Multiple suspicious packages were sent to military bases around Washington, DC on Monday, according to a law enforcement official cited in a CNN report.
Scanning machines detected suspicious materials inside the mailed packages.
The National Defense University at Fort McNair received at least one package containing potentially explosive material at 8:30 a.m. local time, according to CNN.
Army officials also confirmed that Fort Belvoir, Virginia also received a package that "tested positive for black powder and residue," according to Army spokesman Michael Howard. An X-ray reportedly indicated a "suspected GPS" and an "expedient fuse" were attached.
Both of the packages were rendered safe and no injuries were reported, Army officials told CNN. The FBI has since taken custody of the packages for further investigation.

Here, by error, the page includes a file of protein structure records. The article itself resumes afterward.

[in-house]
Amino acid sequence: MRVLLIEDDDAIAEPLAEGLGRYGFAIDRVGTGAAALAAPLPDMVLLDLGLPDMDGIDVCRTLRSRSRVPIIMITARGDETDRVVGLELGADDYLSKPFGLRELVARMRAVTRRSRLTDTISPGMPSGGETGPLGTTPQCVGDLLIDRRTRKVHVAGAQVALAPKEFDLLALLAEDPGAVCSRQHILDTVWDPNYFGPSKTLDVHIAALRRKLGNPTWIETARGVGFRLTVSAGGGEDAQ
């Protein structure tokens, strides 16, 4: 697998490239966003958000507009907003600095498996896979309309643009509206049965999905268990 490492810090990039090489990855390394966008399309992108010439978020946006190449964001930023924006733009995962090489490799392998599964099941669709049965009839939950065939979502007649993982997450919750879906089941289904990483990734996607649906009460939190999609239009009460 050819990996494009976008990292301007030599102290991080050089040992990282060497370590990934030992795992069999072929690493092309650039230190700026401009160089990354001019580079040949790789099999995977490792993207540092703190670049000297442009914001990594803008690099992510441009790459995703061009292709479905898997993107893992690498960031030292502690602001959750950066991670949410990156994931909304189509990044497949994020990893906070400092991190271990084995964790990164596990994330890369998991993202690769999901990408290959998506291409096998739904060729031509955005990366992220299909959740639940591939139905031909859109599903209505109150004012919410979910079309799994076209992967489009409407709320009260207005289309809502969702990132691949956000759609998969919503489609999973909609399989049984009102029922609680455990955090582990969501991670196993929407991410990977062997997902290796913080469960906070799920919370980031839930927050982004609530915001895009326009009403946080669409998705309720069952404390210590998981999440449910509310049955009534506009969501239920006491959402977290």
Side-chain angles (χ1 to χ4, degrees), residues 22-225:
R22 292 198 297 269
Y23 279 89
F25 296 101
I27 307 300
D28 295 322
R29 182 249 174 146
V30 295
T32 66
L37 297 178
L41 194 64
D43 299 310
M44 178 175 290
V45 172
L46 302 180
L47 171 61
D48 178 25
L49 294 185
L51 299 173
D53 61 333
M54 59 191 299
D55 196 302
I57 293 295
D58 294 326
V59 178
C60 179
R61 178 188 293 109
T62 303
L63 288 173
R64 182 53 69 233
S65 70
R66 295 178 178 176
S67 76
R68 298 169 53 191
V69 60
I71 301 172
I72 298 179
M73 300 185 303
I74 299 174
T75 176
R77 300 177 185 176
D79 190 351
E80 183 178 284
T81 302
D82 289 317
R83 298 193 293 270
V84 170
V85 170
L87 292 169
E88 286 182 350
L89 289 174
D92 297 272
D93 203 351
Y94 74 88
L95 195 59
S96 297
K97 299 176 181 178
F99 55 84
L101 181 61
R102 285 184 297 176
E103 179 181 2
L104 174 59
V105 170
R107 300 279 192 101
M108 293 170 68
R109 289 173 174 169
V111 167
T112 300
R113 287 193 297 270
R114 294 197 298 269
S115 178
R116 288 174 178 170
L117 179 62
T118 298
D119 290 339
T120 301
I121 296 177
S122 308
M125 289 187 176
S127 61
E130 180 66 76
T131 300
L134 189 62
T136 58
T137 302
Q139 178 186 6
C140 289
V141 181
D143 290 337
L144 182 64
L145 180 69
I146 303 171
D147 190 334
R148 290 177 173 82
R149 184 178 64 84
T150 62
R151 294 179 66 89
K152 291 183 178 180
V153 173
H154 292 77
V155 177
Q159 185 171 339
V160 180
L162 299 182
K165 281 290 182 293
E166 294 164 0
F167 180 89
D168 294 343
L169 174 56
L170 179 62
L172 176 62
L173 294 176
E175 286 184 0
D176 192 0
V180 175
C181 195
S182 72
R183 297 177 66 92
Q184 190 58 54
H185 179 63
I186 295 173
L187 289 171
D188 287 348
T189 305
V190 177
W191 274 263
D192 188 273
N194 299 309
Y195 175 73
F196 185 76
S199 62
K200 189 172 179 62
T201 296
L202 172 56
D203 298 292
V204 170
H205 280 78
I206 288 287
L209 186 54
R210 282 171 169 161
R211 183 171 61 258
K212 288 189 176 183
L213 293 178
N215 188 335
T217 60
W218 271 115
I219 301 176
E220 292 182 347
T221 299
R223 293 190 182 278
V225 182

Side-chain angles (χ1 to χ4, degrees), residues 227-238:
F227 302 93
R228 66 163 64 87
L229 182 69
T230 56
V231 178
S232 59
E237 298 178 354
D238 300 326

Federal officials sad they did not believe the packages were sent by Mark Anthony Conditt, the suspect in the Austin, Texas, bombings who killed himself after a weeks-long bombing spree in March that killed two people and wounded five, NBC News reported.
Other military installations received suspicious packages this year. In late February, 11 people fell ill and were treated for symptoms that included nosebleeds and burning sensations after an envelope containing an unknown substance was opened at Joint Base Myer-Henderson Hall in Virginia.
Read more from Business Insider:
- The Air Force just gave a sneak peak of its plans for the next generation of fighter jets
- A crazy viral video showing Saudi Arabia destroying Iran's military is now more relevant than ever
- The US is shutting down a Russian consulate near a major Navy nuclear arsenal
- Kim Jong Un reportedly makes history with first visit to China as head of state
- Mattis reportedly isn't sure if he can work with John Bolton, Trump's new national security advisor